Not all deportations are created equally. Disentangling these differences is essential for engaging with current debates in policy and advocacy. We must dispel notions that border enforcement is simply the product of agents patrolling select areas of the border zone. When we discuss the immense costs of enforcement, it includes the various types of immigration checkpoints, mass trial programs such as Operation Streamline, arrangements with local and state law enforcement, incarceration in immigration detention as well as federal prison, and the myriad private agencies tasked with transporting, detaining, and processing migrants.
The complicated processes of apprehension, processing, detention, deportation, and criminalization as well as extensive ties to family in the United States and a deep resolve to return despite the involved costs, hardship, and pain typify the contemporary migrant experience.
Through postdeportation surveys, interviews, and ethnographic work along the U.S.-Mexico border, we chronicle the lived experiences of people who have gone through this escalated, punishment-focused immigration enforcement apparatus. We examine the specific components of border enforcement and their effects on people who no longer call Mexico their home, concluding that those with extensive ties to the United States are highly determined to return. We have produced novel data about what it is like to cross the border in the post-Gatekeeper, DHS era of enforcement. The CDS approach is predicated on an increasingly punitive approach to immigration enforcement that has also played a part in fomenting violence in Mexico. The border zones where almost half a million Mexicans are deported each year have experienced tremendous violence. Migrants often interact and witness this violence on another level, as they frequently cross the border side by side with drug traffickers and are often the victims of kidnapping, robbery, or extortion during their journeys and upon return to Mexico. We explore how the relationships between organized crime and the state exacerbate the violence migrants experience on both sides of the border during migration, deportation, and the subsequent trauma of separation from one’s family.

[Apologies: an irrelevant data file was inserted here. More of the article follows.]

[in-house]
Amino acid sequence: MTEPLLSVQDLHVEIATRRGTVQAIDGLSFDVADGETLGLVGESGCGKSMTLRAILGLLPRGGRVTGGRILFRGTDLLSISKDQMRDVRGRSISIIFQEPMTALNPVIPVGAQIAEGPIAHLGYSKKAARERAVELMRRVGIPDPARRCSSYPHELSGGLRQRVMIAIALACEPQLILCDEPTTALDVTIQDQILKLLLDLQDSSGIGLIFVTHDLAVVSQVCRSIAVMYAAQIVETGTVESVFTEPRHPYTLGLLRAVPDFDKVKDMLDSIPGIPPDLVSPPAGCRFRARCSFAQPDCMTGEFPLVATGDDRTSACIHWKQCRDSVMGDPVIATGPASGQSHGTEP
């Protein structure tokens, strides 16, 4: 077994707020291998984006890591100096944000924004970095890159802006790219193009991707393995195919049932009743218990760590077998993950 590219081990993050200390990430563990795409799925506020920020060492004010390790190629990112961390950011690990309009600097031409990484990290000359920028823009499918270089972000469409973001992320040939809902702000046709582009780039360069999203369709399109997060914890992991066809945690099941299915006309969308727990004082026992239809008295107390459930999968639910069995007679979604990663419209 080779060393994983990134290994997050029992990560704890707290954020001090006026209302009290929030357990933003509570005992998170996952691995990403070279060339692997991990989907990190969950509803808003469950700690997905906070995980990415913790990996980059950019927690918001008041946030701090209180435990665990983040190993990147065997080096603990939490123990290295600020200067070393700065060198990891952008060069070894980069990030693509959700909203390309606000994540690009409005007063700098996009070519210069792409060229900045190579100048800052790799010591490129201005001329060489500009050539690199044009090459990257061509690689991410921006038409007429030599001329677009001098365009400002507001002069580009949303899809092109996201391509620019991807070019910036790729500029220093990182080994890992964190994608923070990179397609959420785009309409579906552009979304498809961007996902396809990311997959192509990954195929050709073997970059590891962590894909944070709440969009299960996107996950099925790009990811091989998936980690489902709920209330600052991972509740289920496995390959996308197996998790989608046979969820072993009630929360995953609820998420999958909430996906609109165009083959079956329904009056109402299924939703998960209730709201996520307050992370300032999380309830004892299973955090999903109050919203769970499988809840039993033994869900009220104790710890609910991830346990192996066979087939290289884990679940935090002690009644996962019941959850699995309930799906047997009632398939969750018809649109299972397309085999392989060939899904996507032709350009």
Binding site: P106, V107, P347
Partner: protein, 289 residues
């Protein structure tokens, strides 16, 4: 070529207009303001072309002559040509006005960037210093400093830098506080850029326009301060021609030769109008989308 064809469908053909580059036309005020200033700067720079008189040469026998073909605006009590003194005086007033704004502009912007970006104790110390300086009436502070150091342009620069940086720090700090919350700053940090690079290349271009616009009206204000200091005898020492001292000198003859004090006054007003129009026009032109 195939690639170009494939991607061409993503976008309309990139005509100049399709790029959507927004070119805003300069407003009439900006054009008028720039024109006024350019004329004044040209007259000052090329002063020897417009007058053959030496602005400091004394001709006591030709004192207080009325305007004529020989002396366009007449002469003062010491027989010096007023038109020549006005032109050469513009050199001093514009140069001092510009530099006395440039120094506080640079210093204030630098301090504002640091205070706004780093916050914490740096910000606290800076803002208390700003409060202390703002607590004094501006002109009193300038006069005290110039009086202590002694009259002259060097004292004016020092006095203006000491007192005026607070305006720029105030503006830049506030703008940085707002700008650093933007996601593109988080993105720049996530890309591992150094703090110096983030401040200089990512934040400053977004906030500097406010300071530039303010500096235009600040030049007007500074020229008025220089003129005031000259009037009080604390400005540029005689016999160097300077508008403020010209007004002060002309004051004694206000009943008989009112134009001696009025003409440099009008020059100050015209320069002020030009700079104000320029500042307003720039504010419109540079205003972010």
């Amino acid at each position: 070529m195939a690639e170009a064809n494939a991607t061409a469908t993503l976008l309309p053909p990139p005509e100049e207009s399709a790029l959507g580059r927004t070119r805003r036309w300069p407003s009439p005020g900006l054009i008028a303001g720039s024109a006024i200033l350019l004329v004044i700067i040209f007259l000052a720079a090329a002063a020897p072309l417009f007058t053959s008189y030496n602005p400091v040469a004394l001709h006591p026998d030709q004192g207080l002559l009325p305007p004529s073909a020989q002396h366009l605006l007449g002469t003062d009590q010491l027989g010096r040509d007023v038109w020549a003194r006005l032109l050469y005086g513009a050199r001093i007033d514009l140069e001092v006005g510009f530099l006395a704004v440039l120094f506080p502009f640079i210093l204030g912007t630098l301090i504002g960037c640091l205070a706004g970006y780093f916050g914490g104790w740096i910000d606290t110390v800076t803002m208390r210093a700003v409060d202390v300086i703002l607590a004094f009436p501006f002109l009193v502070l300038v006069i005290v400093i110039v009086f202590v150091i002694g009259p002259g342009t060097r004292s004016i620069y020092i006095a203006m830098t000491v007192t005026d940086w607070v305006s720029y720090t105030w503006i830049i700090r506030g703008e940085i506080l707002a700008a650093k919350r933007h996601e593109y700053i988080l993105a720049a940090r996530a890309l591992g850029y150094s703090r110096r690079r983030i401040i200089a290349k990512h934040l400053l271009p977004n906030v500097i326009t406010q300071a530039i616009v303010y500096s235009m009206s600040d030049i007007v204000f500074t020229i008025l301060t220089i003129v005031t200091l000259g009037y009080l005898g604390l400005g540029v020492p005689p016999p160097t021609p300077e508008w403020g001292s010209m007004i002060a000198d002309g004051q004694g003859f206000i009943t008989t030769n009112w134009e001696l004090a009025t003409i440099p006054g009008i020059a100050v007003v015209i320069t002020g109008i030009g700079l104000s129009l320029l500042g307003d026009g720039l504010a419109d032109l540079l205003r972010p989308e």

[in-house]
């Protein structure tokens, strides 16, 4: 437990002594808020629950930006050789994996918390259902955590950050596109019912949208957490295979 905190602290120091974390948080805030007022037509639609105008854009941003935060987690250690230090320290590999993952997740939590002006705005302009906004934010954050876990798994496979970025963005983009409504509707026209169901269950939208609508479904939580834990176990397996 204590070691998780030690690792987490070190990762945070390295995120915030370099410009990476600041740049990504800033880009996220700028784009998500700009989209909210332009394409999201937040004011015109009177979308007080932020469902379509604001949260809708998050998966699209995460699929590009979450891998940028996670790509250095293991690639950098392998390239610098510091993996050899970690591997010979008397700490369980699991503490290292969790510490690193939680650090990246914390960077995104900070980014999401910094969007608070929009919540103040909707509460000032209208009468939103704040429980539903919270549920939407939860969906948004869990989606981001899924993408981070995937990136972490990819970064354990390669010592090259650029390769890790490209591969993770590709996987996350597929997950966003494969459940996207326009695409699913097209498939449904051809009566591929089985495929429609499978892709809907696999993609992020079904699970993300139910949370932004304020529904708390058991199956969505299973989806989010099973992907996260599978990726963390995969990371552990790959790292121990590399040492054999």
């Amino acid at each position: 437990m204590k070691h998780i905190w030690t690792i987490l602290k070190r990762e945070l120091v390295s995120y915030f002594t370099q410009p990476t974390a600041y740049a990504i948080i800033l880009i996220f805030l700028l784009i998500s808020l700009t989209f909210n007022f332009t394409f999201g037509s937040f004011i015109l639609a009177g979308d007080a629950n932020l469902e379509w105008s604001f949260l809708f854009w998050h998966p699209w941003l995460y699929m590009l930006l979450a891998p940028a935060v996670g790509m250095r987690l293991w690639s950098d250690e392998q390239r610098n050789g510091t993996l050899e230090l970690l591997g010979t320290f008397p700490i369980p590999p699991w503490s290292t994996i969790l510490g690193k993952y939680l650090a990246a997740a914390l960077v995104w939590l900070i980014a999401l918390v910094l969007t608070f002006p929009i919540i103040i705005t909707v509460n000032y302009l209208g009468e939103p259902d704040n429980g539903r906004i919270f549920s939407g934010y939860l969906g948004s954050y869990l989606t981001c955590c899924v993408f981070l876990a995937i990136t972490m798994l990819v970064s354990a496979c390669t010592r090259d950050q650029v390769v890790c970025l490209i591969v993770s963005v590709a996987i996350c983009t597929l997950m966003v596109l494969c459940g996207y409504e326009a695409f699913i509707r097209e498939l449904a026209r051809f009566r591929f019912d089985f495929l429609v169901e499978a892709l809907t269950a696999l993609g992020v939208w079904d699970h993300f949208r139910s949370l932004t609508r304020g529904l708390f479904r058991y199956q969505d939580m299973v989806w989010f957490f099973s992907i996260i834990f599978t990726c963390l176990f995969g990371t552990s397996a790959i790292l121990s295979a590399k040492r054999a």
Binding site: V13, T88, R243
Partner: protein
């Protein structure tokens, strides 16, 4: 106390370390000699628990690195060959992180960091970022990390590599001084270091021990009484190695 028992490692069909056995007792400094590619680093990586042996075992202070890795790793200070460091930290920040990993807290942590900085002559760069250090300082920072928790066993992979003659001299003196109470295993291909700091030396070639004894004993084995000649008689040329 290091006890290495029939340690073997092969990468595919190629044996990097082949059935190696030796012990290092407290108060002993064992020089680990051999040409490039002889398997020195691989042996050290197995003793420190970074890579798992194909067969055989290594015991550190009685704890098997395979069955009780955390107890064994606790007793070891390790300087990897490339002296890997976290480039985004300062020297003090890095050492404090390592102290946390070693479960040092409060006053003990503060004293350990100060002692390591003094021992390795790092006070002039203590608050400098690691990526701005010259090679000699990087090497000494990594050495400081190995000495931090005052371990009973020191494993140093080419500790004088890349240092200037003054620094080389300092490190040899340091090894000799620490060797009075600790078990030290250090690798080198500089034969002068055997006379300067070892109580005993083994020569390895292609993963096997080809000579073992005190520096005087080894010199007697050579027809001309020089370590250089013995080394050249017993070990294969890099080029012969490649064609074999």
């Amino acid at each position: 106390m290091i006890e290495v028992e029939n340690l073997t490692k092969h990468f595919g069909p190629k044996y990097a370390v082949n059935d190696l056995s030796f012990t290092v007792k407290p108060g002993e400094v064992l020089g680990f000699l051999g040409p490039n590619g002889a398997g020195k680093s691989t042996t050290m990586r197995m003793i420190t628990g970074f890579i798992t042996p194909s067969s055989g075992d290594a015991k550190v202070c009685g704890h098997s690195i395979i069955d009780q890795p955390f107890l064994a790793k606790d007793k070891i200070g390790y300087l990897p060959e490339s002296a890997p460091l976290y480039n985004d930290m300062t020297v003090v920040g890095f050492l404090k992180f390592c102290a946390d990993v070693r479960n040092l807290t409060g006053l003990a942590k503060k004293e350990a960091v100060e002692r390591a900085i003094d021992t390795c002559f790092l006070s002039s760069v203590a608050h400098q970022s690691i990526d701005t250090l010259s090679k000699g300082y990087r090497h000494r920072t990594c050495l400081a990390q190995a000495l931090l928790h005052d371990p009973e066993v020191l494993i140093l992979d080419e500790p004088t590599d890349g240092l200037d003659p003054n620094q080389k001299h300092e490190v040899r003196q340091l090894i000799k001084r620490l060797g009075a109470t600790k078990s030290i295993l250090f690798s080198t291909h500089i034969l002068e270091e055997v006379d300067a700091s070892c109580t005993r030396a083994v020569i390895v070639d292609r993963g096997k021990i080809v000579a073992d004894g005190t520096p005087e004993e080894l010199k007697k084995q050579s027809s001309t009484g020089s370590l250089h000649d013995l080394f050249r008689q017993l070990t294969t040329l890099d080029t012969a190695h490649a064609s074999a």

The Shadow of the Wall is an attempt to bring everyone in, to understand the big picture of who is being removed from the United States and what this is causing, not only for the individuals themselves but also for their families in the United States and Mexico.
Jeremy Slack is an assistant professor of geography in the Sociology and Anthropology Department at the University of Texas at El Paso. Daniel E. Martínez is an assistant professor in the School of Sociology at the University of Arizona. Scott Whiteford is the director of the Social and Behavioral Sciences Mexico Initiative and a professor emeritus at the Center for Latin American Studies at the University of Arizona. Murphy Woodhouse is the Pima County reporter and Road Runner columnist for the Arizona Daily Star.